d) En promedio, en los países de la OCDE, una computadora adicional por estudiante en la escuela no resulta en mejoras en lectura sino más bien en desmejora (12 puntos menos en los puntajes de lectura en PISA), según el estudio mencionado de la OCDE. Conclusión: se requiere más que simplemente proveer tecnología para lograr mejores resultados de aprendizaje y llamado de alerta en tiempos en que la educación virtual tiende a pensarse como la solución a todos los problemas.
 

As Finnish teachers move classes online, family routines change



Families in Finland and all over the world are facing new challenges. Many parents now have more experience of working from home, and many children and educators are now well acquainted with distance learning. They are wondering if they will need to use those new routines in the future.

To slow the spread of the Covid-19 virus, the Finnish government decided that schools and universities should shut their doors in mid-March 2020. But the academic year didn’t end. And months later, when the following school year began, kids, parents, teachers and administrators were prepared for a situation that could change quickly.

In March 2020, Finnish teachers accomplished the incredible task of moving their classrooms online, many within just a few days. This situation continued until mid-May, and for some schools and certain age groups until the school year finished at the end of May. Whether in physical or digital classrooms, school remains an important part of life.

As we are updating this article, in mid-August 2020, the 2020–21 academic year is getting under way, and the Ministry of Education has stated that schooling will principally take place in physical classrooms, although schools of all levels will maintain flexibility to switch to solutions such as distance learning if the situation changes. Regional variations in the coronavirus situation may mean that different municipalities enact different measures to follow the guidelines of the ministry and of the Finnish Institute for Health and Welfare.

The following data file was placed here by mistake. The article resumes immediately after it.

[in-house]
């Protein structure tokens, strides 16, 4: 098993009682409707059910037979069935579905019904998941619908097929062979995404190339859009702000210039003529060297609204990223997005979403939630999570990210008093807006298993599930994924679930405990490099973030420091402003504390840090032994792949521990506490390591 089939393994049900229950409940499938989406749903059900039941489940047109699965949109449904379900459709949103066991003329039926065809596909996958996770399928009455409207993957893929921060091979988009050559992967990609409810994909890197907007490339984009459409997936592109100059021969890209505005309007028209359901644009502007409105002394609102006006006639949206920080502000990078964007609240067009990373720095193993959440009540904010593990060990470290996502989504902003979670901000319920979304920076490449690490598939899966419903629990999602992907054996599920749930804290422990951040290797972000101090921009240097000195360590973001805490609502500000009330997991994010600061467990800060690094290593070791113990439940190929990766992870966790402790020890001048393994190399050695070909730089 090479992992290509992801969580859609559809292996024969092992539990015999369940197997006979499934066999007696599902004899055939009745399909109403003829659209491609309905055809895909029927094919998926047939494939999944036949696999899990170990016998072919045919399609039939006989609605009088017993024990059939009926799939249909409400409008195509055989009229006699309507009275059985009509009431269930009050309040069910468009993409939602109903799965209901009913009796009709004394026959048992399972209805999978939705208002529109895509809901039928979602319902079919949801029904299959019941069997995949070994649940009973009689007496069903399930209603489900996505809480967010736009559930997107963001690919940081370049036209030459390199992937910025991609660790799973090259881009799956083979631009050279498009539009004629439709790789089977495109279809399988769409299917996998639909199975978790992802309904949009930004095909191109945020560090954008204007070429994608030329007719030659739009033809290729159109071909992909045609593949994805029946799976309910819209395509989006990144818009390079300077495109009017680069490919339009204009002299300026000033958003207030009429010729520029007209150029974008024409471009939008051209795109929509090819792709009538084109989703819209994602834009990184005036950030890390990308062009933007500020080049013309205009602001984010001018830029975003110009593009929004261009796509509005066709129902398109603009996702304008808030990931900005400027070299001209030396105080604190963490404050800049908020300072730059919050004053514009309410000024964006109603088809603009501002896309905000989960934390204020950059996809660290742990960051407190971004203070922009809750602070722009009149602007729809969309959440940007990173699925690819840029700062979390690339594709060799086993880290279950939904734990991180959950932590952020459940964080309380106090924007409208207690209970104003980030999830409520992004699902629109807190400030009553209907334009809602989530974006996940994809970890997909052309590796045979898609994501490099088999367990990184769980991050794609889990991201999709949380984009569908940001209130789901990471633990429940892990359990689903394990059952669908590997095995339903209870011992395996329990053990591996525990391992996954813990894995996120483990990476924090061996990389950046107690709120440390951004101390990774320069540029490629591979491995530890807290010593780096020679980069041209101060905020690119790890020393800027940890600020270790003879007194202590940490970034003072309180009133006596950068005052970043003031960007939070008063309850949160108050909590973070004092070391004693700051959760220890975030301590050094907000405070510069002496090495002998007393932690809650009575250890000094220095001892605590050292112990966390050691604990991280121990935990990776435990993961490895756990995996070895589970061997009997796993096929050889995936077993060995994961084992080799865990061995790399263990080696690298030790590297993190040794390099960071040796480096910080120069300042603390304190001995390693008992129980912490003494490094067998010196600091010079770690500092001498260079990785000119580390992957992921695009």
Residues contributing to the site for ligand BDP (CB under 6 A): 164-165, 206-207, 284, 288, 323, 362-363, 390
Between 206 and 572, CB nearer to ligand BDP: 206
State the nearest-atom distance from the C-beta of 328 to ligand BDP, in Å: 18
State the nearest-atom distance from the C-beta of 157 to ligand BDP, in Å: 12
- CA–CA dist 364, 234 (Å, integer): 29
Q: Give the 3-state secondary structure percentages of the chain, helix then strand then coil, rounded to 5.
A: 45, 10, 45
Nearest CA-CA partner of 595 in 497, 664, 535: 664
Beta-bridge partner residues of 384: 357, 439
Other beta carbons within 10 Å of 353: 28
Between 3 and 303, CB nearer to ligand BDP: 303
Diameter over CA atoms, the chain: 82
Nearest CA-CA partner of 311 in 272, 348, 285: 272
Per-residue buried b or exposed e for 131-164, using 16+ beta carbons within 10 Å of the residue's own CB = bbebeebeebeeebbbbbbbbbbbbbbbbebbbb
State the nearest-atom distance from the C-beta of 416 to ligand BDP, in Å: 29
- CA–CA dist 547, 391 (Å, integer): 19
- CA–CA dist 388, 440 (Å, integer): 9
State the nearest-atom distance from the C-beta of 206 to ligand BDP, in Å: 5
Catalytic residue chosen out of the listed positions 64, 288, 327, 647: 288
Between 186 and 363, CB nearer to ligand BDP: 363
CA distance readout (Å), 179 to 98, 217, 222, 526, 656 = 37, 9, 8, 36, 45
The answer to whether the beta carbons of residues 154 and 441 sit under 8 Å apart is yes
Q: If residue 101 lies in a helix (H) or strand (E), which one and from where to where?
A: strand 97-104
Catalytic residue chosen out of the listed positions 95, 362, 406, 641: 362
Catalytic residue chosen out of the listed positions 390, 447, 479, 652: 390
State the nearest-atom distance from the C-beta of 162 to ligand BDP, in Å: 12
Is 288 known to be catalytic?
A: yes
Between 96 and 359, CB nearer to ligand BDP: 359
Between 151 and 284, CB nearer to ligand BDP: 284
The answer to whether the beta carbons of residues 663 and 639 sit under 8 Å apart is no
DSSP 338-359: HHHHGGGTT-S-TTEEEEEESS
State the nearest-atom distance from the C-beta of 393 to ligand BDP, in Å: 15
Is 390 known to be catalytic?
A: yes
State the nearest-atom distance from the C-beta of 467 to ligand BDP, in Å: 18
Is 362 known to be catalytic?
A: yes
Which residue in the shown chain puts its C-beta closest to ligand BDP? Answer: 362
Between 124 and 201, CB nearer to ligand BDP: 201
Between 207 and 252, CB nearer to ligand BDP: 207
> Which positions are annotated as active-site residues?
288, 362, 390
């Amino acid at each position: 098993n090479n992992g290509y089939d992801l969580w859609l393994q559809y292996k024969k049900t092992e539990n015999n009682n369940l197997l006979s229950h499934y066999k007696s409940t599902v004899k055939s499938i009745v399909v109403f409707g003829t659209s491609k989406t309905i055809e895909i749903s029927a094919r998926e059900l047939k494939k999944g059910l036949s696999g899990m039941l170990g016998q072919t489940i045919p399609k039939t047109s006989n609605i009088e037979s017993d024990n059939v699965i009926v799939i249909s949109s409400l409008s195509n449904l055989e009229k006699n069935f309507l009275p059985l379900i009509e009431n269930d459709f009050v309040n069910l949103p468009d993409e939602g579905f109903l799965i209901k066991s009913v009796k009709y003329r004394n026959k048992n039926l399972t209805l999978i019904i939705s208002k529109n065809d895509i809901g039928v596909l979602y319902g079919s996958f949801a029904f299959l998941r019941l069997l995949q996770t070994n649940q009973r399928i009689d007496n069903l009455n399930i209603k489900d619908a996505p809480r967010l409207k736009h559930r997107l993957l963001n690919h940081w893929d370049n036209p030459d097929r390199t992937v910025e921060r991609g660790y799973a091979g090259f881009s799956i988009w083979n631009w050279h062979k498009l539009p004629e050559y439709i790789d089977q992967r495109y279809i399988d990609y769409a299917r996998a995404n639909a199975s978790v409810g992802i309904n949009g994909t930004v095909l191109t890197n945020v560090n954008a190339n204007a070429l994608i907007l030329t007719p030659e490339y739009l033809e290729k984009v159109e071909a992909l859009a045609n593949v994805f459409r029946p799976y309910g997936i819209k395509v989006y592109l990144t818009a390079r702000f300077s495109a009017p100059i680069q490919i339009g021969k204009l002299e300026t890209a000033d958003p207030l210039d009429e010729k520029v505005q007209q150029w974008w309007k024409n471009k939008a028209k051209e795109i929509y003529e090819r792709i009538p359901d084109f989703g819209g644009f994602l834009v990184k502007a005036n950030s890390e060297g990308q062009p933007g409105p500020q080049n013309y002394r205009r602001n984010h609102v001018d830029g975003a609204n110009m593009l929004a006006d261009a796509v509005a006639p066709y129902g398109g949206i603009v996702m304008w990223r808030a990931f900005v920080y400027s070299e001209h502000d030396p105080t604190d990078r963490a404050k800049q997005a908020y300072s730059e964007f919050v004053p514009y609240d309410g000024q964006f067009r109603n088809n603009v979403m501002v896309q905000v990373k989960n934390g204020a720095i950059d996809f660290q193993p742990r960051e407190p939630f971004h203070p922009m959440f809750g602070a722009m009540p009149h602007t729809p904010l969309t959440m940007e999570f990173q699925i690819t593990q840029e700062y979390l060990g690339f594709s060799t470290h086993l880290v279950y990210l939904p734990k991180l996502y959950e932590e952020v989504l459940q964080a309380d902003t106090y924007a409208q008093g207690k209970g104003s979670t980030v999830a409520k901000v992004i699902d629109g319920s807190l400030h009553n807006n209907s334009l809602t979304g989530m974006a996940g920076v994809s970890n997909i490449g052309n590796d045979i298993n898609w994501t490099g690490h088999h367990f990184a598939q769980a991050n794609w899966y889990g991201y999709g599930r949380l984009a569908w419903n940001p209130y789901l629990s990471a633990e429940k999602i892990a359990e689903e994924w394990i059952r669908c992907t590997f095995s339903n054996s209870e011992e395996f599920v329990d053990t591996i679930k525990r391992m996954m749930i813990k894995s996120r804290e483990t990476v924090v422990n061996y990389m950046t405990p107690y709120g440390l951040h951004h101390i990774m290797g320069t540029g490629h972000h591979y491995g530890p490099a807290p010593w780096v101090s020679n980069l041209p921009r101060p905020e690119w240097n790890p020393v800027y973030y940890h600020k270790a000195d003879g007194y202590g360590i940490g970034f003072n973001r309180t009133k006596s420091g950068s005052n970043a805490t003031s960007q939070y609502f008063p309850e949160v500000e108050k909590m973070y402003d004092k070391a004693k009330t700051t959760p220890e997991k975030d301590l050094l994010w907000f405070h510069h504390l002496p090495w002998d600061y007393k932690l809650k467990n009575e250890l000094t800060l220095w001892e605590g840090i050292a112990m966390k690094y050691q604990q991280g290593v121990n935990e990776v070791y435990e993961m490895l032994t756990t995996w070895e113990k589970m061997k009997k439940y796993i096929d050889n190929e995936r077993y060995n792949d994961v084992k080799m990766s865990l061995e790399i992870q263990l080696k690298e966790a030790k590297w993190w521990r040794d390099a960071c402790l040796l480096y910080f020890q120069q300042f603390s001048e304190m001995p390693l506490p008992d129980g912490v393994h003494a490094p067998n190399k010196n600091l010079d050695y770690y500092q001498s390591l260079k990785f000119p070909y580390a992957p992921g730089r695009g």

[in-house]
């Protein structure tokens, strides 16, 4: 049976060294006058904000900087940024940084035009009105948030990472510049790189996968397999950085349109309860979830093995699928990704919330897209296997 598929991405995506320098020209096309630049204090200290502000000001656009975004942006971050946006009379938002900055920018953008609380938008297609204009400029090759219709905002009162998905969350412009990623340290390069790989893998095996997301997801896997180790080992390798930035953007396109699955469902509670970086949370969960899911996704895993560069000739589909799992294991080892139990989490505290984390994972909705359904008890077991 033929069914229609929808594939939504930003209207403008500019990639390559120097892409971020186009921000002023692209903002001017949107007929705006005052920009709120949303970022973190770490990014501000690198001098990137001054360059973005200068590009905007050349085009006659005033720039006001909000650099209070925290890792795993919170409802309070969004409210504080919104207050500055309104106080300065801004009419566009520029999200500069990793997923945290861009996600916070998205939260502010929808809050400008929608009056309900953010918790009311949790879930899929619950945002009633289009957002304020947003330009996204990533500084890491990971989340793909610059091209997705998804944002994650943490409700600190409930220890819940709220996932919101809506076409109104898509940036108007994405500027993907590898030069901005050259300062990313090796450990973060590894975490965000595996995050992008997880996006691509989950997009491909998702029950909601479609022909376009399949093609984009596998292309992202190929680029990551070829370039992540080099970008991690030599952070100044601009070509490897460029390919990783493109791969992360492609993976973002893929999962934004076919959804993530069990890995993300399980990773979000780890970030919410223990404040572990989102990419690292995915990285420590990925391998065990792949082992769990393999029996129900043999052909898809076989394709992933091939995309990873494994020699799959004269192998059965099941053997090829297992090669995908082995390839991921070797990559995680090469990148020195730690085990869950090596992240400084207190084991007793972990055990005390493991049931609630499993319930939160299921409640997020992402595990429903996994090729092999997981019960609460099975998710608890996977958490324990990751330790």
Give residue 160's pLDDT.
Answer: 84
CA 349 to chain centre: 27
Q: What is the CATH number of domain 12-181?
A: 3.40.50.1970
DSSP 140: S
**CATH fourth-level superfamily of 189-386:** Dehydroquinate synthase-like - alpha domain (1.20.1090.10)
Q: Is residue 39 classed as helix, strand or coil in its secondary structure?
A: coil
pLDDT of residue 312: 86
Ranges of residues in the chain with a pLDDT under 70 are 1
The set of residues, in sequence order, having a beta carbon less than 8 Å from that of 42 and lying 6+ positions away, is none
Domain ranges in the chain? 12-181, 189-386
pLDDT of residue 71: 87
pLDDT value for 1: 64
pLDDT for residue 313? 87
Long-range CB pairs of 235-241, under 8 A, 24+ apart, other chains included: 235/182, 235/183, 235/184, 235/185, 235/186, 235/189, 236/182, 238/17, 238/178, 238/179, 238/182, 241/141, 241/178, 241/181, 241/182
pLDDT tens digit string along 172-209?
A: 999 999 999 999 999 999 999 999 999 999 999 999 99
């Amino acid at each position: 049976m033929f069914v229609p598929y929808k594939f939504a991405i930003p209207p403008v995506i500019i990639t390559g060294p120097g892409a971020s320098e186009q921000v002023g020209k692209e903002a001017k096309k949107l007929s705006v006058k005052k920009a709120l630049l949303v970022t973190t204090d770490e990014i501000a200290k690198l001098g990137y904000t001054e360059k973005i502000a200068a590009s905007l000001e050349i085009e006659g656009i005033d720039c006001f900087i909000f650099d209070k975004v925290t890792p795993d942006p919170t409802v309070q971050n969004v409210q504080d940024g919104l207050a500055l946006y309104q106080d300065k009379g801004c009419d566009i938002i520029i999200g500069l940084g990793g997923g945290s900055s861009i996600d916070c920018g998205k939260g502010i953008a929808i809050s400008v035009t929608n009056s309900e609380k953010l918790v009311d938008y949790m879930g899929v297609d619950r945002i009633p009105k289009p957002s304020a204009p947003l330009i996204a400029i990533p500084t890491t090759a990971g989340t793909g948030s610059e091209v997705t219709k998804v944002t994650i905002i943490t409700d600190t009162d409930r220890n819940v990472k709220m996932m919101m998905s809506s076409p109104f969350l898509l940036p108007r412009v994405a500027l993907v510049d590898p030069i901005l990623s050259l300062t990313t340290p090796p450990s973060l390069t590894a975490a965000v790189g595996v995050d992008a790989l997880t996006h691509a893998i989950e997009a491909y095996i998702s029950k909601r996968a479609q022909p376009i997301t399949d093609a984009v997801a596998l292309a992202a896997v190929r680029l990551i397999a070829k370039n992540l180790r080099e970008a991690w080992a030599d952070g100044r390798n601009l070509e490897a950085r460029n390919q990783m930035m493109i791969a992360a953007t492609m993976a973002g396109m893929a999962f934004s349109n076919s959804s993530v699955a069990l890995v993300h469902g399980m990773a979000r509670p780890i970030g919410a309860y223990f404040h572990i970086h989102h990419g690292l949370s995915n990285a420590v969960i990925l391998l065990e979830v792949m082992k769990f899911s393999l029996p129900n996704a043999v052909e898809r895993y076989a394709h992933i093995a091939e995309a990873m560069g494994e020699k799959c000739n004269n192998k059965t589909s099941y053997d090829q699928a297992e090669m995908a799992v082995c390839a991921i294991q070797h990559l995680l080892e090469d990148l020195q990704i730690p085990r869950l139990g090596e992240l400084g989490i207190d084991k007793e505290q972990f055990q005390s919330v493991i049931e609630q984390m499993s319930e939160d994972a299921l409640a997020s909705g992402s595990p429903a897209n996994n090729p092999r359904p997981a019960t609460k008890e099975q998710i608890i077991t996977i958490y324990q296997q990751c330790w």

In April 2020, we visited a family and talked with teachers to see how distance learning was taking place in Finland. (All ages and school years mentioned here are correct as of that time.)

Third-grader Isabel, 10, continues to follow her usual lesson plan. School begins at 9 am sharp and ends at 1 pm, just like it normally would. Her teacher keeps to the lesson plan, uploading daily instructions on an app called Qridi, which Isabel accesses on her phone. She reads the instructions and gets to work.

First up today is geography: “Read pages 118–121 about Denmark and complete the questions in your workbook. Take a picture of your answers and upload it to your diary.”

Online classroom
A pile of schoolbooks, a phone and a laptop on a desk.
Between phone, laptop and actual, in-real-life schoolbooks, students are able to communicate with their teachers and keep up with their lessons. Photo: Catarina Stewen

At 9:30, it’s time for the day’s online meeting using Google Meet. Isabel logs on to Google Classroom on a tablet borrowed from her school. The screen lights up with the faces of all her friends.

The teacher asks them to mute their microphones and listen to her instructions. A “thumbs up” sign takes the place of a raised hand when a student wants to ask a question. They need to take turns, exactly as they would in a conventional class situation.

Teachers in Finland know that without breaks for exercise and movement, kids won’t be able to concentrate on their schoolwork. Usually this happens during 15-minute outdoor recesses at regular intervals throughout the day. Many experts believe that this plays a part in the Finnish education system’s success.

Today Isabel’s teacher includes a link to a dance-along video in the daily instructions, for the students to watch on their own. In addition to getting them moving and having fun, the song helps them practise English vocabulary and the maths concept of patterns.

Listening to lectures from a distance

A young man sitting on a beanbag chair, writing on a tablet.
We’re willing to bet that you won’t find a chair like this in any university lecture hall in any country.Photo: Catarina Stewen

Meanwhile, Isabel’s older brother Joakim logs on to his university’s online channel, tuning in for a lecture about software development. Åbo Akademi University, located in the southwestern Finnish city of Turku, has used web-based lectures regularly during the year, so the change is not that huge.

“Language classes have not been virtual until now,” he says. “The teacher uses Zoom to divide us into smaller groups for discussions, and visits each group to follow what we’re talking about, which works really well.”

Tech-savvy teachers